Uganda: Kasese School Massacre Worries Educators

Kampala, Uganda — The recent attack on a secondary school in the western Uganda border district of Kasese that left at least 41 people dead; including 37 students, has left educators worried about its impact on children in a sub-region which suffers from high drop-out rates.

Within days after the attack the Kasese District authorities had ordered all the nearby schools to reopen without fail on June 21 vowing to punish those who defy the directive. This followed reports that a number of schools had closed due to the attack on Lhubiriha Secondary School.

Meanwhile, the fallout from the rebel attack on the school continues with authorities now arresting Kasese District’s education bosses.

The Independent understands police on June 22 arrested the Kasese District Education Officer, George Mayinja, and the Principal Inspector of Schools, Ernest Thabugha, to assist the authorities with ongoing investigations into the attack.

“Among the queries the police want the Principal Inspector of Schools to answer is why the attacked school has been operating under different names and whether the school was properly inspected and certified to have a boarding section,” Godfrey Kabbyanga Baluku, the state minister for ICT and National Guidance told The Independent on June 23.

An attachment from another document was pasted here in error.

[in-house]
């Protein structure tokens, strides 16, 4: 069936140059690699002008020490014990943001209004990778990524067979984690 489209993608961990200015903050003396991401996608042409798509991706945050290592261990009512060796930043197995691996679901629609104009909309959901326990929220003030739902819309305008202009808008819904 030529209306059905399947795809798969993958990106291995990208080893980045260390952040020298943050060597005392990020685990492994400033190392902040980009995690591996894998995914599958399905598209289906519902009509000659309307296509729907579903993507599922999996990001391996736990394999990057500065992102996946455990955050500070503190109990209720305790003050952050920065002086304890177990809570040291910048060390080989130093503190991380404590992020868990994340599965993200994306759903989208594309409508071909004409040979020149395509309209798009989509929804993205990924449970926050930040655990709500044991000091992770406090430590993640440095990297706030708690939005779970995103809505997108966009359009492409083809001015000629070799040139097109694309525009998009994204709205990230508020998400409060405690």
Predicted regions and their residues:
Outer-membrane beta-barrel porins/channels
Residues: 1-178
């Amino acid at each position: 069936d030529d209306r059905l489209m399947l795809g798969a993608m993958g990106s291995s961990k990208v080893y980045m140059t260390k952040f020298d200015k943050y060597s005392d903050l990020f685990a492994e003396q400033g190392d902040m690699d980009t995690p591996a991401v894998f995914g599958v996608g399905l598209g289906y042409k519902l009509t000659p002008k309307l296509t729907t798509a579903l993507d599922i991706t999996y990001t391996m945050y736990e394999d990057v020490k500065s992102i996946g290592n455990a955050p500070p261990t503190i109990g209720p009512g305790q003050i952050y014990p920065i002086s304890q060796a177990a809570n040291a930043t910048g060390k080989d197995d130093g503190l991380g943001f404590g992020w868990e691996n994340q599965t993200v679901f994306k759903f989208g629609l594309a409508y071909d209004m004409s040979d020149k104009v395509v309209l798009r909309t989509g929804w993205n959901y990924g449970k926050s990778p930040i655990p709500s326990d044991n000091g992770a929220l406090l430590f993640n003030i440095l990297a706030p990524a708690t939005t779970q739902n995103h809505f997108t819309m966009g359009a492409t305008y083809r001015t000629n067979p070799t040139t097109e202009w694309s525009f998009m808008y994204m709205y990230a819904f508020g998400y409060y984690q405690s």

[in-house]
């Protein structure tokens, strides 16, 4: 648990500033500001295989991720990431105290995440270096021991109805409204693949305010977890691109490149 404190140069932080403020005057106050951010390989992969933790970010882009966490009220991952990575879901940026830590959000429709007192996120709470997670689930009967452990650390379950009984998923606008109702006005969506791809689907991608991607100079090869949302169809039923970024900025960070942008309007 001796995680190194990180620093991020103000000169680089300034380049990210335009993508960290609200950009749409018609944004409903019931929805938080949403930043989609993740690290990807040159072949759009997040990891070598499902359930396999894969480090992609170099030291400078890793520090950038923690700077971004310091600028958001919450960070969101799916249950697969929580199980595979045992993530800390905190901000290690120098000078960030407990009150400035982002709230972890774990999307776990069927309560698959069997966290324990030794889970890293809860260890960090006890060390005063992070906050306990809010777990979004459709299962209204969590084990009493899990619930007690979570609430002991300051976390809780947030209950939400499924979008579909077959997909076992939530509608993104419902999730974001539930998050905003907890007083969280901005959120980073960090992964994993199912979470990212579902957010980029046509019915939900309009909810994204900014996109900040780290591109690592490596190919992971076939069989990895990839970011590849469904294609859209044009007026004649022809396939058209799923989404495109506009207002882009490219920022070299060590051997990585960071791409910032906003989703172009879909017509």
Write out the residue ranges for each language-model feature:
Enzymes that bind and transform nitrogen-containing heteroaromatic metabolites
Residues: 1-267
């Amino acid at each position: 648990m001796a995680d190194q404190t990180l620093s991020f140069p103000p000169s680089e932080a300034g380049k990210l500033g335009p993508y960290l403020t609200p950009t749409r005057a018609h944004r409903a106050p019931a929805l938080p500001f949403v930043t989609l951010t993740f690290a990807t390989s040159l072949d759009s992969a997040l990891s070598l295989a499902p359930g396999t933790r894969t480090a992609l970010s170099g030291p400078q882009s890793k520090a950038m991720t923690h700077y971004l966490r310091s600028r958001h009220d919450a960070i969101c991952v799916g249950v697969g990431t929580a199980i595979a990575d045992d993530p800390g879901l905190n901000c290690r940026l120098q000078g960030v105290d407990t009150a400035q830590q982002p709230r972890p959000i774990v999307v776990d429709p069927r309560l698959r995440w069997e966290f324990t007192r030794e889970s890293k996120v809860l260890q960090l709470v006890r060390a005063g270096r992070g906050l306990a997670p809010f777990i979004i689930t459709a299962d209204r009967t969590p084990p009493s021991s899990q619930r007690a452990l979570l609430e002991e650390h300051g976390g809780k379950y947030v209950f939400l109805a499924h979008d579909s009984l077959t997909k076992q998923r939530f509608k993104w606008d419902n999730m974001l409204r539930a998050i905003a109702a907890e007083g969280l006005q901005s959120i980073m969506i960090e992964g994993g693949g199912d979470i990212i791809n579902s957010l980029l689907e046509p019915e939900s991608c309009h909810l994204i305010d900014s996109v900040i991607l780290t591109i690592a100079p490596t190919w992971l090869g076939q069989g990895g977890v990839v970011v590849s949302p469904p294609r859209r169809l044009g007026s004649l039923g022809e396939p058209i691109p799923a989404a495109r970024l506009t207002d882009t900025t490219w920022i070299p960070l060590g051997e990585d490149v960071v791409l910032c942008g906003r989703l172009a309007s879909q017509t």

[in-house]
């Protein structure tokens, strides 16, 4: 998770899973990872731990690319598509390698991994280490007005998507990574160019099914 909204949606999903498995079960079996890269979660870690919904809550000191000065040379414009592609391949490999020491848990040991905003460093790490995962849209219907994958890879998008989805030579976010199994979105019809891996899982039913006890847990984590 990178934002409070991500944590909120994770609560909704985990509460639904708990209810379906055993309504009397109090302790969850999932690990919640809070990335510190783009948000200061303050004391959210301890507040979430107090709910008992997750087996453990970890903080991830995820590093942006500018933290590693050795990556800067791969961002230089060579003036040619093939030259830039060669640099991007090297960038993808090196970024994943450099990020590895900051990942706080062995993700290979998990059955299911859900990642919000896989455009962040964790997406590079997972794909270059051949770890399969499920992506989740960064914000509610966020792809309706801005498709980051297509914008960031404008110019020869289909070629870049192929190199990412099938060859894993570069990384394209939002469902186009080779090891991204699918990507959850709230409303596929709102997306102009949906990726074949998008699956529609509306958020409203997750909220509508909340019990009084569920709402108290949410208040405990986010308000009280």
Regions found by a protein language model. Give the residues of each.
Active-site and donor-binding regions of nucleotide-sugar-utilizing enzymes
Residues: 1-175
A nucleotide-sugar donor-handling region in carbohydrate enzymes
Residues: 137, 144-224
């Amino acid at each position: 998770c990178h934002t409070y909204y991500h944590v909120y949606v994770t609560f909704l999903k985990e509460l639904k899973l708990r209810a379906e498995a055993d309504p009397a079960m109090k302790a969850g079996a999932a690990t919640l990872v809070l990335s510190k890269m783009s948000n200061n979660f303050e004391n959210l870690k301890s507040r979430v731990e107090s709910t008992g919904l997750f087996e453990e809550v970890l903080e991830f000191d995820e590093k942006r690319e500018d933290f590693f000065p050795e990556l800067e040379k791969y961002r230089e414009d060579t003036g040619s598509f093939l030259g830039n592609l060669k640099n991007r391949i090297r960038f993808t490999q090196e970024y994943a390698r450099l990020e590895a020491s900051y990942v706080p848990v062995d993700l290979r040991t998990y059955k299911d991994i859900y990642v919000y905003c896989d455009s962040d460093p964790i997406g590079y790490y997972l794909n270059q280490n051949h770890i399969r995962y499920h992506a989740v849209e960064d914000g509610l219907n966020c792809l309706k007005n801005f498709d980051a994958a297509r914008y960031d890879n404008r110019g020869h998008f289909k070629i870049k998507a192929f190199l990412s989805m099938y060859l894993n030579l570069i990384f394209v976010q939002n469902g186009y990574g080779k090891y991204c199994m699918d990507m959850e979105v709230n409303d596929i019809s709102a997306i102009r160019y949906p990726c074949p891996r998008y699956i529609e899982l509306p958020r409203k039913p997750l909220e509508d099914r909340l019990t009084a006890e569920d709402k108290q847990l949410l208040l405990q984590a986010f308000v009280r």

The attack, in which 17 boys were burnt to ashes and 20 girls hacked to death in their dormitories, has since created fear in the community and reports indicate some schools had decided to close and send students back home.

Following the attack, George Mayinja, the District Education Officer called for calm and asked school heads to reopen and resume serious teaching. He also asked schools to relaunch the school security committees. He also outlawed students from talking about the recent attack. Schools have also been asked to hire at least two security guards with one to work during the day and the other in the night.

Minister Baluku told The Independent on June 23 that normalcy has returned to the communities which neighbour the school which was attacked.

“The children had run away together with their parents to Mpondwe-Lhubiriha Town Council for safety but they are coming back. Apart from the attacked school, no school closed and children of the neighbouring schools have returned.”

But, Florence Kabugho, the Woman MP (FDC) for Kasese District told The Independent on June 23 the children were asked to go back to school but some of them are yet to return because they are still traumatized.

“Some parents are still scared and have picked their children (those in the boarding sections of the schools in the area). Some of the parents think the deployment of security in the area is still not sufficient. We need enough deployment at the border.”

“We don’t need the money (condolences sent by President Yoweri Museveni); we need more deployment of security at the border because it is the constitutional mandate of the UPDF (national army) to protect the lives and property of all citizens of Uganda,” she told The Independent.

However, despite the government urging parents to remain calm and take back their children whom they had picked and whisked to safety, The Independent understands, many are still reluctant to do so.

First Lady’s message

During her briefing of the nation on June 17, the First Lady, Janet Museveni, who is the Minister of Education and Sports, sought to re-assure parents in the sub-region and the country of their children’s safety in school.

“Parents across the country, please do not panic, our children are safe and they will remain safe. They are evil and they are trying to harm our children but they will not always manage,” she said.